An extreme case is reactive chlorine (the main compound responsible for destroying stratospheric ozone, see Antarctic ozone hole), where at least 90% of the relevant emissions are anthropogenic. Chlorofluorocarbons (CFCs) were widely applied, beginning in 1945, until their use was banned through enactment of the Montreal Protocol in 1998. No natural sources of these compounds are known.

http://www.epa.gov/climatechange/science/overview.html

The atmospheric concentrations of the most important greenhouse gases (CO2, CH4, CFCs and N2O) have been plotted from 1850 until present as a fraction of the present global ambient concentration. If it is assumed that ambient concentrations vary linearly with emissions (which is not wholly accurate), and that only natural emissions are responsible for concentrations before the year 1800, the ratio of natural versus anthropogenic sources varies significantly for the different greenhouse gases. The ratio is highest for N2O and lowest for CFCs.

http://www.epa.gov/climatechange/Downloads/ghgemissions/US-GHG-Inventory-2011-Chapter-2-Trends.pdf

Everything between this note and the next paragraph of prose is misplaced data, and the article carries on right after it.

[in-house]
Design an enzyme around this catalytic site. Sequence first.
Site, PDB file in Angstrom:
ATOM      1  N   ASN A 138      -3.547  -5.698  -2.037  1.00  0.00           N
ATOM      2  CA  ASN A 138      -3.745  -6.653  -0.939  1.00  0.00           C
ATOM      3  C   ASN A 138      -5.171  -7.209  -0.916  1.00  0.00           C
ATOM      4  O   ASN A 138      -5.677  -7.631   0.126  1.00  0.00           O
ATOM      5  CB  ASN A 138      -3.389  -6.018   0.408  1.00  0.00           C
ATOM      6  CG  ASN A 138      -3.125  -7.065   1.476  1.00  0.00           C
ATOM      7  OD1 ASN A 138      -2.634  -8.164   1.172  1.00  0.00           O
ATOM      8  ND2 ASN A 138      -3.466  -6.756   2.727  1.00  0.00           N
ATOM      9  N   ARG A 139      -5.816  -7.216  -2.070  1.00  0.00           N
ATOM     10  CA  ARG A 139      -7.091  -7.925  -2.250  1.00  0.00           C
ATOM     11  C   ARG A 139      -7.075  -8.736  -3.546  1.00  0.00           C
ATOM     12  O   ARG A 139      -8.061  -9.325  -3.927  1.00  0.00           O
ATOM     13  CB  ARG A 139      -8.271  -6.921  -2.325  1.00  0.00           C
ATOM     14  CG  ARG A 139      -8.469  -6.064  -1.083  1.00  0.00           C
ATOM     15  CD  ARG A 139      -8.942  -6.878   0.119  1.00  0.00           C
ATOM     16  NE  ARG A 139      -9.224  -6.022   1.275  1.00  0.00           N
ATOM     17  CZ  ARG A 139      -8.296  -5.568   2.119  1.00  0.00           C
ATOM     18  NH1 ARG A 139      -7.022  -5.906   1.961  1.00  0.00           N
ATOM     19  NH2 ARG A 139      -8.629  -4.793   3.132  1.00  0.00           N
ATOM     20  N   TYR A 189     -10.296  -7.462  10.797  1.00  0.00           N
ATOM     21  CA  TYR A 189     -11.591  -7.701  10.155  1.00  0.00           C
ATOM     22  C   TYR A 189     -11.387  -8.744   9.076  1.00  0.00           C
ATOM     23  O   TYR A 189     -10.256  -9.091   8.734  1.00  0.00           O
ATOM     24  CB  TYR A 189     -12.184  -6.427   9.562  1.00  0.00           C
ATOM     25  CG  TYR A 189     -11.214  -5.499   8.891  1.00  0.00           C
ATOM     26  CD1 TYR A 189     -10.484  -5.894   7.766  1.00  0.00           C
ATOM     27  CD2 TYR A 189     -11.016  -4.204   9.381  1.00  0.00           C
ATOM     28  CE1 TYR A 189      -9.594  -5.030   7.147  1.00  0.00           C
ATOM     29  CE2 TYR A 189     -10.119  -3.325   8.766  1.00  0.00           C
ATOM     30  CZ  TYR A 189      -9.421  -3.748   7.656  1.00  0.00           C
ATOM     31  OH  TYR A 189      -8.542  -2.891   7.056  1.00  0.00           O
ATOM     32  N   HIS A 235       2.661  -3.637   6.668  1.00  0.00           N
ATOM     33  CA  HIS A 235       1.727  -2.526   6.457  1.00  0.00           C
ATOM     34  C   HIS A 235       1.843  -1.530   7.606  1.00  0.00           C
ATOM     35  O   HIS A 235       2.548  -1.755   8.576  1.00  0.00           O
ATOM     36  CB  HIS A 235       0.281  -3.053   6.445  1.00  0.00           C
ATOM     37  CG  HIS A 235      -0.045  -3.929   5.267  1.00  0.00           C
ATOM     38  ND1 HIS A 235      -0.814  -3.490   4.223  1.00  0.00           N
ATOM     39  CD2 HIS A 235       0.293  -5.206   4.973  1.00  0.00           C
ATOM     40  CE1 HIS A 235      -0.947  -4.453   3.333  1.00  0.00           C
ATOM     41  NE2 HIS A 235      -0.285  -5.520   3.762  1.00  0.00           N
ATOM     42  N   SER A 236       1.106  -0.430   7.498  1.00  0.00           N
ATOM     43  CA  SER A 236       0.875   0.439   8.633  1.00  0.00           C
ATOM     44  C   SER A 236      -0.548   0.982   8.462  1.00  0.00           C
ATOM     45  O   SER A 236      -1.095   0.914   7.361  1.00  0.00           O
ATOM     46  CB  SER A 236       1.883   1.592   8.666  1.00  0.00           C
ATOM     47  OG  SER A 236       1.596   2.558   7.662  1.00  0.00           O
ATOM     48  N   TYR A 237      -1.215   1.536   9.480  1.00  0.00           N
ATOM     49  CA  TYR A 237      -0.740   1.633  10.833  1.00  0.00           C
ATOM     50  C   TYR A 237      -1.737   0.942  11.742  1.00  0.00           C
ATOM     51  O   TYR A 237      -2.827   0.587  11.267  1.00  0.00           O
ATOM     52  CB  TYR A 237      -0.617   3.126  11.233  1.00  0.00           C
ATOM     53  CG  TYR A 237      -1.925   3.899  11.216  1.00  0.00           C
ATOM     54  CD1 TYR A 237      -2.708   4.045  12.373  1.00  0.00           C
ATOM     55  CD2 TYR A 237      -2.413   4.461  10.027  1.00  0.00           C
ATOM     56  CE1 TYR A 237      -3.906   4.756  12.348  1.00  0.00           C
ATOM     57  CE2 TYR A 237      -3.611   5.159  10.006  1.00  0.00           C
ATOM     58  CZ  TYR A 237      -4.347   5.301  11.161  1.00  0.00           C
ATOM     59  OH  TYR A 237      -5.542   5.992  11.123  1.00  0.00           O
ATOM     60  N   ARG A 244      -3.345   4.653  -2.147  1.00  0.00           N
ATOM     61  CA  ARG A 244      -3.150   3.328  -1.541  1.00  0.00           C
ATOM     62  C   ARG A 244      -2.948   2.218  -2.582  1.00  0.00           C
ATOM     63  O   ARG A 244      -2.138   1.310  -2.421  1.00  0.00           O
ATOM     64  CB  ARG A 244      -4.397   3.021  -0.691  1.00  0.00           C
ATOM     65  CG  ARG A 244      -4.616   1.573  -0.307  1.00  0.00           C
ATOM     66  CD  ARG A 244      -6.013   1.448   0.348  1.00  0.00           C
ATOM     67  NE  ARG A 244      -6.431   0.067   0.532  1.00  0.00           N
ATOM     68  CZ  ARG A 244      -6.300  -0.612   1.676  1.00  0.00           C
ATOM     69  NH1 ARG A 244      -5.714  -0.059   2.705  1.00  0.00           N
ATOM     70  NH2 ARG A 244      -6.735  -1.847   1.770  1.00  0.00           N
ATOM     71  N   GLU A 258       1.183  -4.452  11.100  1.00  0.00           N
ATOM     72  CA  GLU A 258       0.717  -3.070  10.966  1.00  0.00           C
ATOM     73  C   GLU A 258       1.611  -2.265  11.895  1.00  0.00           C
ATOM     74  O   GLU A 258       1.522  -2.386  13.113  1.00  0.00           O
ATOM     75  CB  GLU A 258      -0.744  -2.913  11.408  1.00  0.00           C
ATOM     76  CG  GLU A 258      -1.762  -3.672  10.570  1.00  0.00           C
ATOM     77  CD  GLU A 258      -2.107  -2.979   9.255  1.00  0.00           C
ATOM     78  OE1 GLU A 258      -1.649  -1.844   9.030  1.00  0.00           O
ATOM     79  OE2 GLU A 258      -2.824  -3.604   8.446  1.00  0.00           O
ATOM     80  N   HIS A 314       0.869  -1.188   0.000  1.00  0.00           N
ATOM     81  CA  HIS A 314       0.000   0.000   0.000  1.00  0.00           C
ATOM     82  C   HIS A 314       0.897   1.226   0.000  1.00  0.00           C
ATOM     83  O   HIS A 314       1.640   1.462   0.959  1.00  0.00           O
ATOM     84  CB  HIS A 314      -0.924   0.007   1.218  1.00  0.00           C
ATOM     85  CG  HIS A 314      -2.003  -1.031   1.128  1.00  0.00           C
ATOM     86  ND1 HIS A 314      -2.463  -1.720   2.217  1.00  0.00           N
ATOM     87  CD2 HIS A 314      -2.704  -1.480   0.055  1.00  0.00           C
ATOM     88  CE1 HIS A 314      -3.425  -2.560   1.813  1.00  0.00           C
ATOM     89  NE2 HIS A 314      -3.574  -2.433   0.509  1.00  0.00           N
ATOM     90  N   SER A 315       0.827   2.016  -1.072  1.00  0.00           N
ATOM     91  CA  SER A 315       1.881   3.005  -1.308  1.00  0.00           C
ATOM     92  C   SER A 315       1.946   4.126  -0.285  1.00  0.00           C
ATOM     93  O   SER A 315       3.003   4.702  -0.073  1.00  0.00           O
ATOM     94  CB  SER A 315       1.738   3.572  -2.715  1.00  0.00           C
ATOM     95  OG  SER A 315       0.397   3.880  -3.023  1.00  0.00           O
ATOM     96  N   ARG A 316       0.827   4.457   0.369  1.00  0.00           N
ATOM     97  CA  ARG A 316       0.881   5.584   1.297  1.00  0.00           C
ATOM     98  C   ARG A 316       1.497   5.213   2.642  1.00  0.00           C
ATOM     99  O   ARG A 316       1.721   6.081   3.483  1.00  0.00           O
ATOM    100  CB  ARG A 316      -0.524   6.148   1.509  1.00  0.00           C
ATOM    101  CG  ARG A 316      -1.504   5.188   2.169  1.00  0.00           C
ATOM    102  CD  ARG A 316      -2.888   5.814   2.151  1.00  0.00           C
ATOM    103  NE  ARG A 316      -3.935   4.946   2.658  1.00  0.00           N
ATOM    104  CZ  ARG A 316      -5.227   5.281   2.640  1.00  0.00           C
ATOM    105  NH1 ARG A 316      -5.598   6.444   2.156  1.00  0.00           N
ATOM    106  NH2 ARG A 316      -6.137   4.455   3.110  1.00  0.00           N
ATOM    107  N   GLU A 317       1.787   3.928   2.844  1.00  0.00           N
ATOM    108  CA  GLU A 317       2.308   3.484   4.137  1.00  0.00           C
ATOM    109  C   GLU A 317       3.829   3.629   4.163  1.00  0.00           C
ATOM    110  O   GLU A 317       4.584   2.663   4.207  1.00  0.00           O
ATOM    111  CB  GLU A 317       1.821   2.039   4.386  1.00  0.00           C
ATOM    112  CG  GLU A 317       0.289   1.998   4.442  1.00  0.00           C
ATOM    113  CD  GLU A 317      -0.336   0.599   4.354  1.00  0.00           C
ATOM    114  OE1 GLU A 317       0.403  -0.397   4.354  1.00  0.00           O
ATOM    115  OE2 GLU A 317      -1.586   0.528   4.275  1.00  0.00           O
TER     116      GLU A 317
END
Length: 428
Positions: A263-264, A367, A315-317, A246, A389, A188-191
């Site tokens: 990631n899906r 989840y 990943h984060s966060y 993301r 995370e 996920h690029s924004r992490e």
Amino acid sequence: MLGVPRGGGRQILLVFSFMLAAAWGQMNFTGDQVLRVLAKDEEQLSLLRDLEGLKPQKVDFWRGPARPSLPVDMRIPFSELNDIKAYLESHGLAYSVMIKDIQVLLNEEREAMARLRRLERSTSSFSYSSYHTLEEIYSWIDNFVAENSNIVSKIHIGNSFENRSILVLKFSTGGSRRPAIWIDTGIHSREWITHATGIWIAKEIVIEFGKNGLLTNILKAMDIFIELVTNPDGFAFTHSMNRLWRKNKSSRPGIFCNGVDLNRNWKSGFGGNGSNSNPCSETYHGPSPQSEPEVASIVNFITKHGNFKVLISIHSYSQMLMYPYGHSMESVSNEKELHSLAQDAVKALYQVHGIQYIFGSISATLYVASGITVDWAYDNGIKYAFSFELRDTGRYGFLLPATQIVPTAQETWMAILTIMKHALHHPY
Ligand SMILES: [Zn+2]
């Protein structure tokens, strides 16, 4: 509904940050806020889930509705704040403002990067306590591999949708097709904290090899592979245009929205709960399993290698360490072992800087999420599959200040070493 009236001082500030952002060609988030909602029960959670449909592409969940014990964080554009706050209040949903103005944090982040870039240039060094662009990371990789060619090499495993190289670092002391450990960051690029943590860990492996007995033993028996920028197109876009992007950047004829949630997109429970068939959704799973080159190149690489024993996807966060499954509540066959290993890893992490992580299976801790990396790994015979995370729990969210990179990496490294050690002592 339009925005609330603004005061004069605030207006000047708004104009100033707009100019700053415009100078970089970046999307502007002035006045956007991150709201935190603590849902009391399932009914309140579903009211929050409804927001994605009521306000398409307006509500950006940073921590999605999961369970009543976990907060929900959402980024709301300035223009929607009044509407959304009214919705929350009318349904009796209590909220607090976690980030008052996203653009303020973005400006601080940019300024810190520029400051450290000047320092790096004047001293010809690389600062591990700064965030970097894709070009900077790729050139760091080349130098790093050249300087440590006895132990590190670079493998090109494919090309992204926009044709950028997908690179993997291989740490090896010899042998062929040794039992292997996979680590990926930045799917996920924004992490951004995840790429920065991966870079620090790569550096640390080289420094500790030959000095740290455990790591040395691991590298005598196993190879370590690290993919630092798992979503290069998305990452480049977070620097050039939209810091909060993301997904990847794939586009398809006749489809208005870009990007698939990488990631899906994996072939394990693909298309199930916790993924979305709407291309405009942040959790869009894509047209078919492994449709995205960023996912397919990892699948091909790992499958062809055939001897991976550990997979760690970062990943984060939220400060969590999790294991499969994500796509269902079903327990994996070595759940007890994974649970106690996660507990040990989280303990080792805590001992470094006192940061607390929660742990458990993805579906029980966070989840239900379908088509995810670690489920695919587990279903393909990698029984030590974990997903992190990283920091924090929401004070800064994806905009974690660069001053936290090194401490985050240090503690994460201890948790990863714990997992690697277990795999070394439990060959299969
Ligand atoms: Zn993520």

Aerosols

Aerosols, defined as solid or liquid particles which have a certain life time suspended in air (particle size varying from a few nanometers to several hundred micrometers, as in the case of dust particles), are either emitted as such (primary aerosol), or are formed by way of the transformations of pollutants such as sulfur dioxide, nitrogen oxides and ammonia into sulfates, nitrates and ammonium respectively (secondary aerosol). Many volatile organic compounds are converted to oxidized organic species with low volatility, thus becoming a component of ambient aerosol.

caption Table 4. Natural and human-made primary emissions of aerosols
Table 4. Natural and human-made primary emissions of aerosols